With MX wheels, a carbon front end and powerful motor, the Cannondale Moterra Neo Carbon LT 2 ticks a whole lot of boxes.
With 165mm of travel, the Cannondale Moterra Neo Carbon LT 2 is one of the suspension heavy hitters in this test. At 26.51kg (58.44lb), it’s also the heaviest bike. Almost 1.5kg heavier than the equivalent travel Nukeproof. So how does it perform and is it one of the best electric bikes on offer?
Need to know:
- MX wheels both come shod with 2.6in Maxxis tyres for extra grip
- Shimano XT 12-speed derailleur and SLX shifter work perfectly together
- Cannondale clocks the Bosch Performance Line CX motor to get the 750Wh battery lower
- RockShox Zeb fork and Super Deluxe coil shock pump out 170/165mm travel respectively
The difference here though, is that Cannondale’s carbon front end houses a 750Wh Bosch battery to power a Performance Line CX motor. But even accounting for the lighter 630Wh Shimano battery in the Nukeproof, the Moterra LT comes out heavier. The coil sprung shock obviously adds a little weight, but as is often the case, carbon has been used to achieve a complex form, without offering a substantial weight saving.
But weight is not the only consideration here, as there’s a lot of engineering that has gone into the carbon front end which is not immediately apparent. Like how the pivot points for the 4-bar suspension on the front triangle are not the same for each of the four frame sizes – providing size specific suspension kinematics to ensure all riders get a similar ride experience. It’s what Cannondale calls its Proportional Response Tune.
It’s not all high-tech, though. The alloy rear end has a kickstand mount and there’s an old spoke mounted magnet for the speed sensor. Factor in the key required for battery removal, and it’s clear the Moterra Neo LT shares frame components with other less radical models.
When RockShox introduced sag gradients on its forks and shocks, suspension set-up got a whole lot easier. And these are even more useful on the coil-sprung Super Deluxe Select + shock. Granted, you still seed a friend to read the sag, but it’s easier than doing it with a tape measure. The catch with a coil spring is you can’t finetune sag to the same degree as with an air shock. That said, our size L test bike came with a 500lb spring which gave exactly 27% sag with an 80kg rider, which was a great starting point.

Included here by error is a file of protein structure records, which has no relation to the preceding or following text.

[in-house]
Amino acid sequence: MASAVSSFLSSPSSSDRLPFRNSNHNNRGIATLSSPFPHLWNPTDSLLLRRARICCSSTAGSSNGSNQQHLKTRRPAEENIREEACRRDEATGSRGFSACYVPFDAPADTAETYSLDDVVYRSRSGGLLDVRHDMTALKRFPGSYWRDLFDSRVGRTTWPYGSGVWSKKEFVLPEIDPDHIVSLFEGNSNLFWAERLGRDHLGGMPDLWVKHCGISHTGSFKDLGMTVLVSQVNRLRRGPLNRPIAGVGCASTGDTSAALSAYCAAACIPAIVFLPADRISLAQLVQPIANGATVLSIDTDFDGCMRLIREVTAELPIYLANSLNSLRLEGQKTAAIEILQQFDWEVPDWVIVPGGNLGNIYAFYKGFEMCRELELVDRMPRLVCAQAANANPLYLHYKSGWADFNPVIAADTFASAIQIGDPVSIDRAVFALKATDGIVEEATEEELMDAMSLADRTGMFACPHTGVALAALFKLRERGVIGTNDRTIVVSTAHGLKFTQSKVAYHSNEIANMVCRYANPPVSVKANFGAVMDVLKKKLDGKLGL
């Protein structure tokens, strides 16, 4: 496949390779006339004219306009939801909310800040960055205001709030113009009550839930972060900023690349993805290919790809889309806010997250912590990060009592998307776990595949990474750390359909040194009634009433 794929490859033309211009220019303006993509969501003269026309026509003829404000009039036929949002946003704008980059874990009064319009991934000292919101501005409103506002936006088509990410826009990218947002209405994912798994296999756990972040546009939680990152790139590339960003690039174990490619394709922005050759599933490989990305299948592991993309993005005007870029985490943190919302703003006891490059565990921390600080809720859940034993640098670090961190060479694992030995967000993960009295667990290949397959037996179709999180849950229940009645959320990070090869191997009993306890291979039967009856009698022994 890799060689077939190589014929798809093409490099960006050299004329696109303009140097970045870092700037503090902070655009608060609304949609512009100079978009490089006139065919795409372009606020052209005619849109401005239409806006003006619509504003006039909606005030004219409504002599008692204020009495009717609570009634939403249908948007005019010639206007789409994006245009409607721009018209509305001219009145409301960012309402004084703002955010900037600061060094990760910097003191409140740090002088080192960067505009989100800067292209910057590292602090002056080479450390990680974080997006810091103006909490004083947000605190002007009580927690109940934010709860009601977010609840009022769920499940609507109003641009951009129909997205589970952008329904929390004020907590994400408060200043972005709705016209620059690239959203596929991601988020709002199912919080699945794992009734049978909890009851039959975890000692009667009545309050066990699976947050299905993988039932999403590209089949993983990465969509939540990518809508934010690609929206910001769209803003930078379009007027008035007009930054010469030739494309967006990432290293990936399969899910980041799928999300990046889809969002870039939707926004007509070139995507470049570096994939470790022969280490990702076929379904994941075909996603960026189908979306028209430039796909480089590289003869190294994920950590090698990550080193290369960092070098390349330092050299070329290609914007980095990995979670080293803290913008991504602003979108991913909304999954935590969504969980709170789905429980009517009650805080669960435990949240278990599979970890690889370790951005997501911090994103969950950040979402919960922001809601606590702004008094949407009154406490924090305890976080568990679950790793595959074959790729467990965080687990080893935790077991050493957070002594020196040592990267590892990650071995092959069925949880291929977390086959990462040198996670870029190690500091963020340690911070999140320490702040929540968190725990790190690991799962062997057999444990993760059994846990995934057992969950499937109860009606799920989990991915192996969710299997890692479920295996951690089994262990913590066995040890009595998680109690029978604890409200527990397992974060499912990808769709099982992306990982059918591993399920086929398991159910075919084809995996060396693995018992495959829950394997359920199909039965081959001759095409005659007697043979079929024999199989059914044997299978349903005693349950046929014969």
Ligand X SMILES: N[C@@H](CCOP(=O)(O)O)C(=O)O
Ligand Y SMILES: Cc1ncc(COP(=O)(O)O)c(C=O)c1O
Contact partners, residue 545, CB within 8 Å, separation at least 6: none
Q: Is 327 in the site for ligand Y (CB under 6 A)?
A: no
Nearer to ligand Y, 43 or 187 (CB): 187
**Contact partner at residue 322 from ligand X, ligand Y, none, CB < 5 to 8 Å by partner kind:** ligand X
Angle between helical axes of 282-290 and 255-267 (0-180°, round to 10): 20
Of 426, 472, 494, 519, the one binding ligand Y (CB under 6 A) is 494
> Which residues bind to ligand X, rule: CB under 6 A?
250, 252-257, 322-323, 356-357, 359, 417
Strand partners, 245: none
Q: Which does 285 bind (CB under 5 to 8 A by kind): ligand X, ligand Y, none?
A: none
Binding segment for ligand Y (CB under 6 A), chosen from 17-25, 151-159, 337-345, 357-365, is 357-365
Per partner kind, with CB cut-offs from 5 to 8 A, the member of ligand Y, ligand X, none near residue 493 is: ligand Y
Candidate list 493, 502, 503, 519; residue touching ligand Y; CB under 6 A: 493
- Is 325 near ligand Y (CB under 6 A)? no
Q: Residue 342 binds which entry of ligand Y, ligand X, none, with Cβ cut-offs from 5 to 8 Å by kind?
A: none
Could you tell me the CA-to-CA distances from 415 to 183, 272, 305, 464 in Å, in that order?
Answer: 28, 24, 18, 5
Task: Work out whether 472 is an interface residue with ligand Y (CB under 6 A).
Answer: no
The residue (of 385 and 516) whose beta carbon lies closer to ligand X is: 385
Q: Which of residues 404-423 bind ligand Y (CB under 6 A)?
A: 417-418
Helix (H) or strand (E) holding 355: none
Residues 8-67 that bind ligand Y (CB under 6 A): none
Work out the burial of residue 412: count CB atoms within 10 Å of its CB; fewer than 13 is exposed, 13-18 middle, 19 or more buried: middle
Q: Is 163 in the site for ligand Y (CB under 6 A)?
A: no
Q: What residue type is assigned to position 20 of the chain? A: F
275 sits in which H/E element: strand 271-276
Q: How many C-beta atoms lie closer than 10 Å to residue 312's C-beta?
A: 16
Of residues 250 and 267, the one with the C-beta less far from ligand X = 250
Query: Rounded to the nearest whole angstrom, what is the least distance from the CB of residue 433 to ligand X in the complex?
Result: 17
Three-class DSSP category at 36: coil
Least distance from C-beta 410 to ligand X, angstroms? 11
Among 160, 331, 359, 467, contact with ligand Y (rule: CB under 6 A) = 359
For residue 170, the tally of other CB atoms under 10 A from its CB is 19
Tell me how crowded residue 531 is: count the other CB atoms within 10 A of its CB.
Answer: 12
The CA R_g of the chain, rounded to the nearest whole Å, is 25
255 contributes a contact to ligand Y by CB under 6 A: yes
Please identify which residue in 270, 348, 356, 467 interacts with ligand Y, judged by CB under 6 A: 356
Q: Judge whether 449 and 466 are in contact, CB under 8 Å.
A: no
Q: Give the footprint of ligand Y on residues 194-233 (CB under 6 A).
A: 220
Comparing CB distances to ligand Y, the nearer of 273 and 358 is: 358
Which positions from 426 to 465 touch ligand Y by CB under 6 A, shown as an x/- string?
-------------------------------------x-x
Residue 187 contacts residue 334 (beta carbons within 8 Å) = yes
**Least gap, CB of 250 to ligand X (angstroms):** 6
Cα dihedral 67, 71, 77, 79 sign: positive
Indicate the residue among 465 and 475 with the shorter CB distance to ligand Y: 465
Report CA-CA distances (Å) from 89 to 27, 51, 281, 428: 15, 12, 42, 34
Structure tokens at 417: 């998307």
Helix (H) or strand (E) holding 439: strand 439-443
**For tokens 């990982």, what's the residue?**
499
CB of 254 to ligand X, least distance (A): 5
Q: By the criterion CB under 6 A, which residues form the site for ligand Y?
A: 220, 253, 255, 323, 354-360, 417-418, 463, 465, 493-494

The 170mm travel RockShox Zeb Select RC fork has a burly 38mm chassis, and Cannondle bolsters stiffness further with Torque Caps on the front hub. Being the entry level fork, the damper isn’t the most sophisticated, so while still plush, it doesn’t offer the best control on bigger hits.
The contact points on the Moterra LT are sorted, but when it came to adjusting the stem height we ran into a couple of issues. With all the cables running through the faceplate of the stem, the routing is so neat, read tight, we couldn’t get the stem off the fork steerer to adjust the spacers. Also the spacers aren’t round, so they don’t fit on top of the stem. So once again,the integration isn’t as seamless as it looks.
Even with the tighter cable routing, changing gears with the Shimano SLX 12-speed shifter was lighter and faster than on the XT equipped bikes. Yes, you forgo the double downshift feature, but it’s a trade off we were super happy with. Less impressive was the lacklustre performance of the SRAM Code R brakes.
With its clocked motor, low-slung battery placement and arched bridge that reinforces the chainstay assembly Cannondle has taken design features from Whyte and YT… both inspirational designs in their own right.
The sizing and fit of the Moterra LT are progressive too, and the rear suspension is one of the best performers in test, offering great levels of grip, support and composure. How much of that is down to the coil shock is hard to say, but it works really effectively, and that’s what matters most.
That said, we found the dynamic ride height on the Cannondale a touch tall, so we swapped to a 450lb spring to get the bike to sit lower. This didn’t seem to change the ride height much, but it did make the suspension feel worse. So what the Moterra LT really needs is geometry adjustment to lower the 352mm BB height.
At the discounted price of £6,163 the Cannondle Moterra LT is a seriously attractive proposition. The sleek carbon front end gives it the appearance of a more expensive bike and it ticks a lot of must have boxes too. It has the powerful Bosch motor and low-slung 750Wh battery, size specific suspension kinematics, where the MX wheels complement the 170/165mm travel combo perfectly. Yes, it is a heavy bike, but it still offers a remarkably agile ride. And while it probably needs a better fork, the same is true of many of the more expensive bikes in this test. Ultimately, then, the only really sticking points are cables routed through the stem and taller than expected ride height.